The Winter Olympics in Albertville were the third to be held in France, after the games in Chamonix in 1924 and Grenoble in 1968.
This world event, internationally renowned and followed by nearly 2 billion viewers, enabled Courchevel and other major resorts in Tarentaise and Beaufortain to benefit from the significant visibility.
As well as promoting Savoie ski destinations to the eyes of the world, the Olympic Games gave rise to the development of numerous infrastructures in the region which are still in service to this day: road network improvements, the TGV train line and station renovations, hospitals, etc.
To find out more about these Olympic Games, why not take the opportunity to discover the museum in Albertville.
Le Praz was already equipped with a ski jump prior to the Olympic Games in 1992, but for this competition, two extra jumps were created: one of 90 metres and the other of 120 metres. They were subsequently fitted out for summer use.
At this games, two types of ski jumping competition took place in Courchevel Le Praz: ski jumping and Nordic combined (a combination of cross country skiing and ski jumping).
Huge skis to fly even further The length of the skis is of paramount importance in obtaining lift and is calculated according to the size and the BMI (body mass index, which makes it possible to determine the ideal weight) of the skier.
The size of the skis is much larger than for other disciplines. To give you an example, an athlete measuring 1.73 metres will use skis with a width of 11 centimetres and a length of 2.53 meters, ie. 80 centimetres more than their height.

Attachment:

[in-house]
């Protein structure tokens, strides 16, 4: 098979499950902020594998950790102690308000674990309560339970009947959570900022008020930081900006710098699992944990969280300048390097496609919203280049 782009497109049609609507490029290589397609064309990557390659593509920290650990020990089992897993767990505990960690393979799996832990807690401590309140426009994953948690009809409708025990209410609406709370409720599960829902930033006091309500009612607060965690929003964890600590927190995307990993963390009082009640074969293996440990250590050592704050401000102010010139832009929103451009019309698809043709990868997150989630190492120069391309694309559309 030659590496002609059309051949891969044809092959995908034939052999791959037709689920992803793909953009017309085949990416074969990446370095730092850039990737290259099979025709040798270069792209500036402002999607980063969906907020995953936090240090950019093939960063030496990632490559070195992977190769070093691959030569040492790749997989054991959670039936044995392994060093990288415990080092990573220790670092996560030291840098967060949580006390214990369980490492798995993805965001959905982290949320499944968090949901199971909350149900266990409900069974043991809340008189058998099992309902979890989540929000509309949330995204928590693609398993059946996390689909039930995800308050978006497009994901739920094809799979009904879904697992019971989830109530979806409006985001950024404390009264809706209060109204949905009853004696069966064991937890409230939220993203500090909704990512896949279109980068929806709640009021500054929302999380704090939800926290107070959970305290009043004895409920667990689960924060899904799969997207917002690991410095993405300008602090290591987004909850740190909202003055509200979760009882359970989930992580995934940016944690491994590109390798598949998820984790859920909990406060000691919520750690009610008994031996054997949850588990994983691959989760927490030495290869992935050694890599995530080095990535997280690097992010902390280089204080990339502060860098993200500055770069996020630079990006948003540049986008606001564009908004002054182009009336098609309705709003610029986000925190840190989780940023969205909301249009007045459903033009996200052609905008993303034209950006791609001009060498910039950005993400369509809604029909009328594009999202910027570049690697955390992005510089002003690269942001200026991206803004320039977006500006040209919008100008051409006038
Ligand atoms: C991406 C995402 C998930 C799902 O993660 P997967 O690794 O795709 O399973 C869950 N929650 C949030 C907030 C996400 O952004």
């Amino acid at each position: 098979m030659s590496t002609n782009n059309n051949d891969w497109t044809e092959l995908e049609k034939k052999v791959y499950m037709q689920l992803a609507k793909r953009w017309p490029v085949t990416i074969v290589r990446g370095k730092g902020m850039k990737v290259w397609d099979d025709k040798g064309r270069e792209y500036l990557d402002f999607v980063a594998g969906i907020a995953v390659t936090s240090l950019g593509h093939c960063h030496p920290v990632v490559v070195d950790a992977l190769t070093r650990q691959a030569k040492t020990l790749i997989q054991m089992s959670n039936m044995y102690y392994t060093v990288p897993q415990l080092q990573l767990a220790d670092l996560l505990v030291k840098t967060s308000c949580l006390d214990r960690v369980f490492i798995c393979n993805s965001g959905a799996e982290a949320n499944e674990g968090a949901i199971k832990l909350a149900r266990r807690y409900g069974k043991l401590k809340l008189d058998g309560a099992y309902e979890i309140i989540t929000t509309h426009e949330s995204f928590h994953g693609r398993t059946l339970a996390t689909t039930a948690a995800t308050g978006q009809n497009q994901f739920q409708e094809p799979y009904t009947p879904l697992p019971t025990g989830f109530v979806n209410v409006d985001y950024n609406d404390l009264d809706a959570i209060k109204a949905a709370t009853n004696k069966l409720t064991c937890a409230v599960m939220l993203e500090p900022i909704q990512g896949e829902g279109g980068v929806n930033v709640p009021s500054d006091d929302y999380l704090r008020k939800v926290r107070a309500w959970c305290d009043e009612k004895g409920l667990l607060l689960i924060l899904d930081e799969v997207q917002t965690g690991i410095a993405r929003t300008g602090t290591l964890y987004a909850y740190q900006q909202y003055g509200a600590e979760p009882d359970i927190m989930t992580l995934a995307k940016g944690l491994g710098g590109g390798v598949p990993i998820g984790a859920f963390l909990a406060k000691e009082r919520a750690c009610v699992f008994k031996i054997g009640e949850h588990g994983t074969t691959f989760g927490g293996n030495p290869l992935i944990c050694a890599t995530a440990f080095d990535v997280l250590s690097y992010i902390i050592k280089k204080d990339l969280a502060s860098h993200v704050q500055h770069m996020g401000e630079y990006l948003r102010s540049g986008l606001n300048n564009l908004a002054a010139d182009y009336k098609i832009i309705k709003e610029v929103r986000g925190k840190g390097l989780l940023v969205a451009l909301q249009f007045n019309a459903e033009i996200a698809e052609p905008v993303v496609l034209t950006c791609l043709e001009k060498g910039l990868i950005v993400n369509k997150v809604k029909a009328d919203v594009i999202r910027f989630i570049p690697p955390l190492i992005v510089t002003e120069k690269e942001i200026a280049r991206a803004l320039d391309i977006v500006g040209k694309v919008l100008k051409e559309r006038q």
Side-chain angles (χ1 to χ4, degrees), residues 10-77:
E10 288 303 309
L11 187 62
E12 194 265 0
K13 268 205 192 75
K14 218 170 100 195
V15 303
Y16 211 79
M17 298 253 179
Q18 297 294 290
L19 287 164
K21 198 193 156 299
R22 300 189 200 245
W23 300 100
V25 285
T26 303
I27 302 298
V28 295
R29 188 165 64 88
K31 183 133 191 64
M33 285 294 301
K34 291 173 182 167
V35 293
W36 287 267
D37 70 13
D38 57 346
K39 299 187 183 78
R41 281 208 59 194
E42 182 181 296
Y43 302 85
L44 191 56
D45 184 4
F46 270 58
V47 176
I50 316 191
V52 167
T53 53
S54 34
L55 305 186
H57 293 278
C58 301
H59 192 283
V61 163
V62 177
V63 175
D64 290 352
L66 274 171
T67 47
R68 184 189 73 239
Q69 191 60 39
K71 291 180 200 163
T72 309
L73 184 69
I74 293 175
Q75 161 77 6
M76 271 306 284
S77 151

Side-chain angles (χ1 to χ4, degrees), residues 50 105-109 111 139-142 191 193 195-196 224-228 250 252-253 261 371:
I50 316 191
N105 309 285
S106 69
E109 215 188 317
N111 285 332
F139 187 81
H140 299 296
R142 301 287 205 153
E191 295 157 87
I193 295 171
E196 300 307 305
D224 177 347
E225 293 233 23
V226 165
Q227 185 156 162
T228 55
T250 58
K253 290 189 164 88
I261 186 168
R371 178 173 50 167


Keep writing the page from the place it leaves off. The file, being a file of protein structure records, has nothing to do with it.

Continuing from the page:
For comparison, normal skis we use on the piste are more or less the same as your height.
The stages of a jump Once equipped with these huge skis, the athlete proceeds with their jump. This takes place in three stages and the aim is for the skier to jump the furthest possible distance:
2.The take-off, at the end of the track:this is the key moment that will determine the jump, the take-off must be powerful, precise and, above all, performed at the precise time.
The current record The most recent athlete to break the world record was Stefan Kraft who jumped 253.5 metres in 2017. To give you an idea of what that represents, it’s around the length of not one, but TWO football pitches!
This summer the 23rd edition of the ski jumping Summer Grand Prix took place. It has been organised every year since the Winter Olympics (just before, in fact, as the first edition was in 1991).
It is the only stage of the world cup in this discipline to take place in France in summer just as in winter.
Sport, aerobatic displays, fun moments and a party in the evening… The summer grand prix is not only a ski jumping competition but also a popular event to experience! See you there next summer..?
An image is worth a thousand words, discover the ski jumping summer grand prix in Courchevel.